What you’ve got is a dog that barks too much. Now, what are you going to do about it?

Find the Cause of the Barking

 The first step in quieting your pooch is to understand why he’s raising such a ruckus in the first place. Dogs, after all, bark for all kinds of reasons. They bark when they’re anxious or when they’re lonely. They bark to draw attention to themselves or to warn someone encroaching on the property. Sometimes, they bark just because it feels good.

If the dog barks only when you’re home, he’s probably barking for one of two reasons: Either he wants attention or he’s trying to warn you about something. Most dog owners feel safer knowing that their dog will alert them to intruders, so they usually reward alarm barkers. Because you’re likely to want your dog to continue his warnings, you don’t want to discourage barking entirely, but the trick is to teach him to stop barking when you tell him to.

Training the Dog When to Bark

 When trying to curtail a dog’s barking, as with any other training program, be consistent and clear about just what you want your dog to do. If you tell him to be quiet, you must then enforce what you’ve instructed. It doesn’t work to yell “quiet” from three rooms away and then continue to talk on the telephone as your dog rants and raves at the window.

Instead, consider keeping your dog on an indoor lead and having him by your side at potentially problematic times. When you see he’s about to bark, pick up on the lead and tell him to sit. Better yet, pair the lead with a head halter – which gently pulls the dog’s head up, closing his mouth. When he stops barking, release the tension on the lead and praise him. An extra reward, a “shush cookie,” will emphasize your appreciation.

If your dog constantly demands your undivided attention, consider ignoring his demands – consistently – for a week. Try standing up and walking away whenever he starts to bark. This form of training, resulting in gradual “extinction” of barking, is very effective because it removes all rewards that, until now, were reinforcing the behavior. Keeping in mind that even scolding or brief eye contact can be interpreted by your dog as a reward, try to show no response at all. You can take this training a step further by giving your dog attention, such as petting, only when he is quiet. With patience, you can change many kinds of learned behavior through the process of extinction.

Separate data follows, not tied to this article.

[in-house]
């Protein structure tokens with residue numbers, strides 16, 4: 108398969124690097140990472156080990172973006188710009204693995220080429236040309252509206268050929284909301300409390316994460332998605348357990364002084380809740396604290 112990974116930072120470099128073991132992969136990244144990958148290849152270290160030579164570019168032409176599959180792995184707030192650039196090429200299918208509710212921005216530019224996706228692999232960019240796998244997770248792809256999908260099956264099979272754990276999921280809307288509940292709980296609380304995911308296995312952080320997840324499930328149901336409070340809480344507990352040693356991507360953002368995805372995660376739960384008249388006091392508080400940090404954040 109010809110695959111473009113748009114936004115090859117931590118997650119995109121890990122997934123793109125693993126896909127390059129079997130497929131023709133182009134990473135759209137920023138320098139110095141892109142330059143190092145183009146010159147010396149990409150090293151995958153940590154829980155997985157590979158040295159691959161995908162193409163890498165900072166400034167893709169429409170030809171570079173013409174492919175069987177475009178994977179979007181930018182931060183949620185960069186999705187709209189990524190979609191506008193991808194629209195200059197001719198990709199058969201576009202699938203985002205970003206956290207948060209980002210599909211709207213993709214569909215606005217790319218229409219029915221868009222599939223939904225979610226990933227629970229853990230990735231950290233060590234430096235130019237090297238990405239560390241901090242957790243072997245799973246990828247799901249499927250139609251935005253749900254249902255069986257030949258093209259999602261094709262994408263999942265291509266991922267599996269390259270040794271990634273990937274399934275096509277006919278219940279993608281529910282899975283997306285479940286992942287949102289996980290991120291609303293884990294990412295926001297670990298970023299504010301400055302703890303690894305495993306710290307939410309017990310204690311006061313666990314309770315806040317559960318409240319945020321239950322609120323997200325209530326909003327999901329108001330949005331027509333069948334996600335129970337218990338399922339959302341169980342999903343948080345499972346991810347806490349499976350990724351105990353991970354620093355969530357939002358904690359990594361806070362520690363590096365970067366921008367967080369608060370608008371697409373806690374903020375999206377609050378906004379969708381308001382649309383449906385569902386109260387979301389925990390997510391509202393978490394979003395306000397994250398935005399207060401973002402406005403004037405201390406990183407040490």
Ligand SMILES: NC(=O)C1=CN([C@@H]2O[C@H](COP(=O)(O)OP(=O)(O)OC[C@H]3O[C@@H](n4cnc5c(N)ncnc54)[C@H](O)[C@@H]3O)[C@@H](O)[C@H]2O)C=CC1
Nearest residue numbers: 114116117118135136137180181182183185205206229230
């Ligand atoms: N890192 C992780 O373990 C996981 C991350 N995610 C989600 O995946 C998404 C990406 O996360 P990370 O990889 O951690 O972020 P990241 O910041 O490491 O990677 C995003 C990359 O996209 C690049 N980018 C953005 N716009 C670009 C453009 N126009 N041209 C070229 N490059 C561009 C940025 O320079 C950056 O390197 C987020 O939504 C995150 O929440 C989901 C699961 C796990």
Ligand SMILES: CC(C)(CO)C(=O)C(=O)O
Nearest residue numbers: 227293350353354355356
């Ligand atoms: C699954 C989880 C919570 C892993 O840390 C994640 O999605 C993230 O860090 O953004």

More Ways to Abate the Barking Dog

Sometimes, you can cut down on barking by using an anti-bark collar. These collars are most useful for dogs that bark when their owners are away and can’t correct them with voice commands. However, don’t use one with a dog that shows signs of anxiety; it will only make the problem worse. When left on their own, for example, some dogs become extremely stressed, and act out that behavior by barking non-stop. In that case, the dog should be treated for the underlying cause of the problem – separation anxiety – not just his barking.

Anti-bark collars utilize ultrasound, electric shock, and vibrating devices – they work by punishing the dog when he barks. Electric shock may be effective, but is viewed by many as inhumane: Other types of collars that do not rely on inflicting pain are more acceptable. Recently, an anti-bark collar containing citronella oil, its spray triggered by barking, has become available and can be an effective tool for distracting the dog from barking (available from Animal Behavior Systems, Inc., Tampa, Fla.). Remember that some anti-bark collars can be triggered by dogs other than the ones wearing them, resulting in inappropriate punishment. These collars are not appropriate in multi-dog homes in which other barking dogs dwell.

Luckily, most dogs will respond to some intervention to curtail their barking. Whether you simply bring an outdoor dog inside (which should calm the neighbors) or take the time to apply behavior-modification techniques, you can cause a dog to be less of a nuisance and to be more socially acceptable.

Teaching Your Dog Not to Jump

When good behavior is consistently rewarded and jumping is ignored, dogs can quickly learn that keeping four feet on the ground is a preferable posture.

No Rewards Allowed

Training books and videos offer a number of creative methods for teaching a jumping dog to stop. Why, then, do so many dog owners continue to be subjected to this often unwelcome advance. The most important reason lies in the way that dogs learn.

Any behavior that results in a reward is likely to be repeated. Rewards may be obvious or may be quite subtle. When dogs are excited, they naturally jump up onto their “target.” Over the course of time they are met with hands petting them or pushing them away – with voices sometimes warm, at other times stern or surprised. All of these responses can be rewarding – and, therefore, all of them may reinforce jumping up behavior. When such rewards are scarce and intermittent – they are even more powerful reinforcers. So even if the family is working hard to ignore jumping up, the occasional reward supplied by a long-lost, third cousin can undo all the good work.